“Is sasquatch real?” Quinn asks, out of breath, as she runs up to me. I’m sitting at the table drawing faces on marshmallows we’re about to roast. Is sasquatch real?
There’s a part of me – that quick gut reaction part – that tries to quickly blurt out, “No,” just so I don’t get embroiled in an endless conversation of “Why? Why? Why?” with my five year old. But instead I bite. “Is sasqatch real? That is a very interesting question because it doesn’t have an answer. Have you ever heard of a question that doesn’t have an answer before?”
She shakes her head no. Quinn is very inquisitive and both her memory and ability to comprehend large concepts is sometimes frightening. She looks at me with wide eyes and crunched eyebrows. I can tell that she understands she’s breaking new ground.
“Well, Quinn. Some people believe in sasquatch and some people don’t.”
“Because there is no proof of him. Do you know what proof is?”
“It’s something you can say is real. I have proof that this marshmallow is real because I’m holding it in my hand and I can touch it and I can see it and feel it. Another name for proof is evidence.”
“And you can tell that I am real because you can see me?
“That’s right! You’re very smart.”
“So sasquatch is not real because nobody can see him.”
This is where it gets tricky. How do you nurture a sense of awe and wonder in a child while still painting an accurate portrait that they will understand without drowning them in information? That’s a tall request. How do you explain how large the galaxy is to a child that doesn’t have true concept of what a mile looks like? It all needs to be boiled down to these very simple kernels of truth.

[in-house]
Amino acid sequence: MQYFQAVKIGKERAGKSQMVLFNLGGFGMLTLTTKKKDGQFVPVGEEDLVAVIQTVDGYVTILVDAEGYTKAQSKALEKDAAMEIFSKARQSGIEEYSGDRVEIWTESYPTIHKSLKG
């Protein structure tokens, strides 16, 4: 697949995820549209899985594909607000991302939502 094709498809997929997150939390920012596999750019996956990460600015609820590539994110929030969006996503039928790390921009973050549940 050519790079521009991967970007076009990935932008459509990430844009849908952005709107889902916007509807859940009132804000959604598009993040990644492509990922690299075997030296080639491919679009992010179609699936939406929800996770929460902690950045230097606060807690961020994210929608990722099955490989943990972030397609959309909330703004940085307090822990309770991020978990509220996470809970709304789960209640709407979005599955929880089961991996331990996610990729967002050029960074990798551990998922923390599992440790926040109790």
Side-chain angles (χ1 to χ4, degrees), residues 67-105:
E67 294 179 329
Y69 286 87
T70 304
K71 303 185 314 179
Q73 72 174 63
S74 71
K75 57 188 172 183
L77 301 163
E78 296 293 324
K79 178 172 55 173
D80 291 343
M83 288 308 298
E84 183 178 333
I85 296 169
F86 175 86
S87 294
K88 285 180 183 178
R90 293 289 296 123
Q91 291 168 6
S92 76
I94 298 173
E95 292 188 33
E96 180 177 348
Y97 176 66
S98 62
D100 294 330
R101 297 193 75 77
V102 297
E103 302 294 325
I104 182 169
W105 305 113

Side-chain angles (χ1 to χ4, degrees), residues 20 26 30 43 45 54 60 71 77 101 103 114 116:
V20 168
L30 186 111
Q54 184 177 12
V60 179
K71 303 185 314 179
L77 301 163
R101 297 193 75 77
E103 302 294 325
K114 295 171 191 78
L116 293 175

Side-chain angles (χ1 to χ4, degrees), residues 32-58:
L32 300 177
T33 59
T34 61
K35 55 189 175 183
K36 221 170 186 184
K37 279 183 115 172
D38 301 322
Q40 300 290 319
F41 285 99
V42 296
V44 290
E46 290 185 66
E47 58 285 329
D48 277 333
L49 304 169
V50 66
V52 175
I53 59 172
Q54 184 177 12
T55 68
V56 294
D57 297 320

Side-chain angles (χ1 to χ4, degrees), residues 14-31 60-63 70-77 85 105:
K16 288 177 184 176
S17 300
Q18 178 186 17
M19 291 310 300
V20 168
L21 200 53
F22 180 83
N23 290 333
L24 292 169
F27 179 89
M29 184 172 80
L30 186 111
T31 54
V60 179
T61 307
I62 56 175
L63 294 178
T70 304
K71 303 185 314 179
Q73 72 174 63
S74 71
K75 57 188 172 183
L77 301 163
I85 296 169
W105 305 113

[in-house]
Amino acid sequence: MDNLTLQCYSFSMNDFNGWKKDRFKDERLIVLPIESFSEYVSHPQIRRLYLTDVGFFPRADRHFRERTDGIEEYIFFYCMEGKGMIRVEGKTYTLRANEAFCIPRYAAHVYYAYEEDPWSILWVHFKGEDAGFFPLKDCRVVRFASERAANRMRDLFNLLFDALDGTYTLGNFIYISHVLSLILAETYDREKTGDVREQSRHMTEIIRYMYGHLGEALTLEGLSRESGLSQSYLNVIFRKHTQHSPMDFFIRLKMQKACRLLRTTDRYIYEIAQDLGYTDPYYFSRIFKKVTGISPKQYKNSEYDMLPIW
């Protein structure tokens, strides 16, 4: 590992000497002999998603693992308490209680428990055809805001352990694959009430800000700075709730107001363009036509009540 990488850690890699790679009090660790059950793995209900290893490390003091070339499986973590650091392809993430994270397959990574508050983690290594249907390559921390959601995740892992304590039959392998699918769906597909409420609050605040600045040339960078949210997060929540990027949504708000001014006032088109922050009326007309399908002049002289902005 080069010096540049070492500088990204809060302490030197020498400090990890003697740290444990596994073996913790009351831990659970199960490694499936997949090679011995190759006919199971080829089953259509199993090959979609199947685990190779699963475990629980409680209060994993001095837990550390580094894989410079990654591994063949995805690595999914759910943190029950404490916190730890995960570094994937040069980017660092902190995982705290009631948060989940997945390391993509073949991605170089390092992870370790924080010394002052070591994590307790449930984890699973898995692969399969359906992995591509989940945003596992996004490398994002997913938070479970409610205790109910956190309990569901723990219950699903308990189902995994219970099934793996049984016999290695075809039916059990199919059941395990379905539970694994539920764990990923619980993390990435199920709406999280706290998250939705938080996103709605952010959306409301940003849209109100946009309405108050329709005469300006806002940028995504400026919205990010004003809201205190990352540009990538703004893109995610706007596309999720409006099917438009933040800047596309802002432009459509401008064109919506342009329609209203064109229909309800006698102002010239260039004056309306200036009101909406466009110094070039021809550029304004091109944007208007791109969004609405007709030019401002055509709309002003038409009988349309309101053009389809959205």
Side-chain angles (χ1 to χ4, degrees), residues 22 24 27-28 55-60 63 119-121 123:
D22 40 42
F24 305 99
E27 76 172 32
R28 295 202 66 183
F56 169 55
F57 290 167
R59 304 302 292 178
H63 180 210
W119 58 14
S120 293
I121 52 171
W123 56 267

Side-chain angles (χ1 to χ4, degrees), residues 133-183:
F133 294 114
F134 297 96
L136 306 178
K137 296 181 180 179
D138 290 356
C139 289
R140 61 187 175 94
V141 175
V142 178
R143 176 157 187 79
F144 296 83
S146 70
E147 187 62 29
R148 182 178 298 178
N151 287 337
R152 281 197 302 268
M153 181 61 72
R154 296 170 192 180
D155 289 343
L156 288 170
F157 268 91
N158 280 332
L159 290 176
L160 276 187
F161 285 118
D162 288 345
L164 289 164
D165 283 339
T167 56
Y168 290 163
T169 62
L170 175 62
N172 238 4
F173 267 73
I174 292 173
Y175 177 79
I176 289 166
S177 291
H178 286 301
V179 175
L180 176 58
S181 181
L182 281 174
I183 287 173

“Sasquatch might be real because nobody has ever seen him. I know that’s a big idea for you. Nobody has ever seen him so we cannot say with certainty that he is real or false.”
“Can you look it up on your phone?”
I appreciate that Quinn views my phone as a gateway to all knowledge and truth because, at its core, that is exactly what the internet is. The Great Digital Oracle.
“The answer is not on my phone. Nobody knows the true answer.”
“There are no pictures?”
“Yes, there are pictures but nobody knows if they’re real or faked.”
“Like a man in a suit?”
“Your astuteness frightens me sometimes.”
“Oh! Thanks, Dad. What is uh-stood-ness?”
“Lots of questions. Let’s not get side-tracked. You should also know that there are some people that say they’ve seen sasquatch and have touched him but most other people say that they just made it up.”
“Why would they do that?”
“I don’t know. Publicity?”
“What is publicity?”
“It’s like when you do something so that a lot of people hear about you.”
“Because some people like to be the center of attention.”
“Alright, listen. Let’s focus on one thing. Ready? What did we learn? Sasquatch is . . .”
“Because . . .”
“Nobody has seen him and we cannot prove it.”
“That’s right. It’s just a story until someone has . . .”
I pick up my marker and start coloring in the eyeballs on my marshmallow, creating life.
Quinn scratches her head with comically large actions. It’s like a very theatrical cartoon character taught her what it looks like when people “think”. Lots of head rubbing and going, “Ummmmm.”
“Yes, Quinn? Do you have another question?”
“Is God real?”
I set down my marshmallow and look into its flat, lifeless eyes and wonder if she intentionally sets me up.